We see the Cult of Domesticity today in magazines like Victoria, for which (ironically) I have written in the past, that give us a hazy filtered view of the world. There is no Dickensian grit here: just the romantic written and photographed longings of a world that probably never was, and a way of removal and refuge from the present. [But, this is true: in the original Victoria Magazine, at least one photographer used to get his diaphanous imagery by smearing Vaseline on the camera lens. All smoke and mirrors, just like the well-staged homes in interior design magazines. You should see the work that goes into making them that way before the cameras arrive. The media tells and shows us what we should see--it was ever thus. So we have to see--and read--through the film and draw our own conclusions.]
My maternal grandmother, a brilliant, highly educated woman with the great fortune of a comfortable and loving childhood, was a Pollyanna. Don't get me wrong: I loved the book and the movie and cry buckets every time I see it. I also loved, no adored, my grandmother, especially when I was a child before she became consumed, for the last ten years of her life, by Alzheimer's. That's when the "Glad Game" backfired and she became a different person: depressed, angry, challenging. Grandmother unwittingly played the "Glad Game" for most of her life and I don't doubt that it helped shield her from its realities and get her through some difficult times. But to ignore the grit and the unjust is to also deny and not validate that it is happening. We need to validate our children, our partners, ourselves, our world and not bury our heads in our dough bowls. If only the world were as wonderful as how Pollyanna experienced, we would all be living happily ever after--but it isn't.
What I always connected to with my grandmother, apart from her love and extreme selflessness, were her ideas. She, too, was a frustrated housewife and had other things she'd rather be doing (one was running a farm with her husband, another was teaching, writing and reading). Her intentions were good but she failed in the execution. I'm convinced, like me, she had adult ADD. Her own Victorian mother set a high bar for motherhood and its virtues, for a perfect, seamlessly run home (but she also had household help). Grandmother had too many ideas for one person or lifetime and sadly, she never published a book (but wrote many articles for magazines like New Hampshire Profiles and even won an essay contest with Connecticut Mutual Life on how the individual struggles in the age of automation). So I intend to correct that for my grandmother: to publish some of her words but to also lift up her voice to the world. And to maybe be a better housekeeper for the both of us.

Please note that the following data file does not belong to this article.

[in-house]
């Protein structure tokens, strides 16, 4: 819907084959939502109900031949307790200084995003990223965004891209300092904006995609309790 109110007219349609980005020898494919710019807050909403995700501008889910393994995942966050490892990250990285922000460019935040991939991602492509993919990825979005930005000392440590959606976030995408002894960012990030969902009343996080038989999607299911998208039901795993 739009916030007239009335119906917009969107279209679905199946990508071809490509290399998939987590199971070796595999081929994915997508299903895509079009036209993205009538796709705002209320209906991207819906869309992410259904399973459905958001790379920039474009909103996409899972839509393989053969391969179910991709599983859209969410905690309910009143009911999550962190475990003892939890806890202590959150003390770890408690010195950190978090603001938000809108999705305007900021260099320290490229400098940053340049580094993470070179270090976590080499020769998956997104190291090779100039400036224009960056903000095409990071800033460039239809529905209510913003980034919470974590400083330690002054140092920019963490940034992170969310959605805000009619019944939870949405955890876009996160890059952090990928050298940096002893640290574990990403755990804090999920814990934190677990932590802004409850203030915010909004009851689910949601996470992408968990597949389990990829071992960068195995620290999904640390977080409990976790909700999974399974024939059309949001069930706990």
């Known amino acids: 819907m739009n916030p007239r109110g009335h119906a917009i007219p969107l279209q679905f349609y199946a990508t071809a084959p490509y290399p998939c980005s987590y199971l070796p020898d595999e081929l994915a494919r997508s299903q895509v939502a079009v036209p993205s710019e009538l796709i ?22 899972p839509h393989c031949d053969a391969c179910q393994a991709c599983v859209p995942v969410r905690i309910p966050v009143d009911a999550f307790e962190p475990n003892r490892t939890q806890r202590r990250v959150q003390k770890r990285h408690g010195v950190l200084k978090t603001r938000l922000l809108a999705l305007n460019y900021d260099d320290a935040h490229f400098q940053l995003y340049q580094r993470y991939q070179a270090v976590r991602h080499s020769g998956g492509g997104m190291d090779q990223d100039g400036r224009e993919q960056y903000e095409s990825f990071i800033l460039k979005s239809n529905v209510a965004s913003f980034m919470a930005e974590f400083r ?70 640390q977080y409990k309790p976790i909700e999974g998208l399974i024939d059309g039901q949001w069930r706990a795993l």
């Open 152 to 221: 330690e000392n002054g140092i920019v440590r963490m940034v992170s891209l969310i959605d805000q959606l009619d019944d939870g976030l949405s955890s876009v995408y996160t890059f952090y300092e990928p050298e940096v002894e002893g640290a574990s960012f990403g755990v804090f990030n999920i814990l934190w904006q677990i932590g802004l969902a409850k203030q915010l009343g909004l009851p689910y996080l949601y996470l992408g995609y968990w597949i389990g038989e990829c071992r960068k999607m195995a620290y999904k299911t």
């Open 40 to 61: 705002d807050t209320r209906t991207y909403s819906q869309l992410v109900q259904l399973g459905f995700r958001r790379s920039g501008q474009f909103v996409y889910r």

Like my grandparents and my mother and many of my friends who work at or from their homes, I want to be home more than anywhere else (ok, well, maybe excepting Target where I drove for 2 hours yesterday to buy two large glass jars for my pantry--more about that later!) and if not at my home, then in the kitchen of a friend who doesn't care what their house looks like all the time. I've learned to let people see me, dust and all. It's important that our children and partners see our "dust," also, for to cover up and hide it is deceit. Embrace your inner dust, dear reader! Sweep it or vacuum it up, or polish it away, if you must, but acknowledge that it is there and sometimes it is ok to just leave it where it is.
Of course, that said, guess what's on my "to do" list this week? Sort out and clean the brick house (yes, we're still in boxes) for Thursday night Bunco; make grape juice with my friend Anna (so I have to organize the kitchen a bit better first to make room for canning operations); sort out and do laundry piles (that's tonight); cook up a storm (for Bunco); and read and edit a book chapter for a collaborative project (sorry, Nancy, I haven't forgotten that...and please check out her website with essays! Nancy writes novels about hearth and home and the delightful complexities of family). But I wouldn't do it all if I didn't want to do it--and I never complain about it. Procrastinate, yes, but never complain (ok, well, that's not entirely true--I'm remembering that dust remark now). I'll try to save that for our government and failed leadership and things I can not control.
A wise elder woman--and we need those in our lives--once said to me, "I always tell my daughters, you can do anything you want in this life, you just can't do it all at once." I try to heed those words and to remember them. I still have books I want to write and publish, I still have children to raise, I still have a house to perpetually get in order. For now, I'm trying to be more in the moment, in the task. Robotic, if you will, but with feeling, like the Shaker motto: "Hands to work, Hearts to God." [And did you know they were an entirely egalitarian order, even believing in a mother deity and a father deity?] I'll tuck into my home even further after some more fall canning and look forward to a more introspective winter of cooking, reading and writing and nestling into the warm embrace of my family--and new friends--in our new land. For now, it's all I can do.
[Image above by Charles Dana Gibson, No Time for Politics, 1910. All other images, except the last two, © Anne Taintor from www.AnneTaintor.com]